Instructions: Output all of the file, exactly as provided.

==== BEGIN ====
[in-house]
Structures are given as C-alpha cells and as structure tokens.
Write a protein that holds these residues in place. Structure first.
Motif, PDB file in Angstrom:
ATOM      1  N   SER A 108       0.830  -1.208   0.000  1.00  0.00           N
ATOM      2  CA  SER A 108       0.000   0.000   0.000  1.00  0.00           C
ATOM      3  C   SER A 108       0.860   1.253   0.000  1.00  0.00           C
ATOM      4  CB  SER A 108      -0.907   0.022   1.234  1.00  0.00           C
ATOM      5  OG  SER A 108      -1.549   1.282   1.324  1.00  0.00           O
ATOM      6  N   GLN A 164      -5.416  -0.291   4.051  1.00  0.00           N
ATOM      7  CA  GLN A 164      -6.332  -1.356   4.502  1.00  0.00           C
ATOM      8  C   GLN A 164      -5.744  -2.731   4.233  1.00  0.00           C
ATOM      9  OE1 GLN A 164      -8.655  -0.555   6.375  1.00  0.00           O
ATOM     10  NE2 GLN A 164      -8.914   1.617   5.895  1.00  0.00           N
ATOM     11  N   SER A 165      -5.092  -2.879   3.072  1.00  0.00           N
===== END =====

[in-house]
Structures are given as C-alpha cells and as structure tokens.
Write a protein that holds these residues in place. Structure first.
Motif, PDB file in Angstrom:
ATOM      1  N   SER A 108       0.830  -1.208   0.000  1.00  0.00           N
ATOM      2  CA  SER A 108       0.000   0.000   0.000  1.00  0.00           C
ATOM      3  C   SER A 108       0.860   1.253   0.000  1.00  0.00           C
ATOM      4  CB  SER A 108      -0.907   0.022   1.234  1.00  0.00           C
ATOM      5  OG  SER A 108      -1.549   1.282   1.324  1.00  0.00           O
ATOM      6  N   GLN A 164      -5.416  -0.291   4.051  1.00  0.00           N
ATOM      7  CA  GLN A 164      -6.332  -1.356   4.502  1.00  0.00           C
ATOM      8  C   GLN A 164      -5.744  -2.731   4.233  1.00  0.00           C
ATOM      9  OE1 GLN A 164      -8.655  -0.555   6.375  1.00  0.00           O
ATOM     10  NE2 GLN A 164      -8.914   1.617   5.895  1.00  0.00           N
ATOM     11  N   SER A 165      -5.092  -2.879   3.072  1.00  0.00           N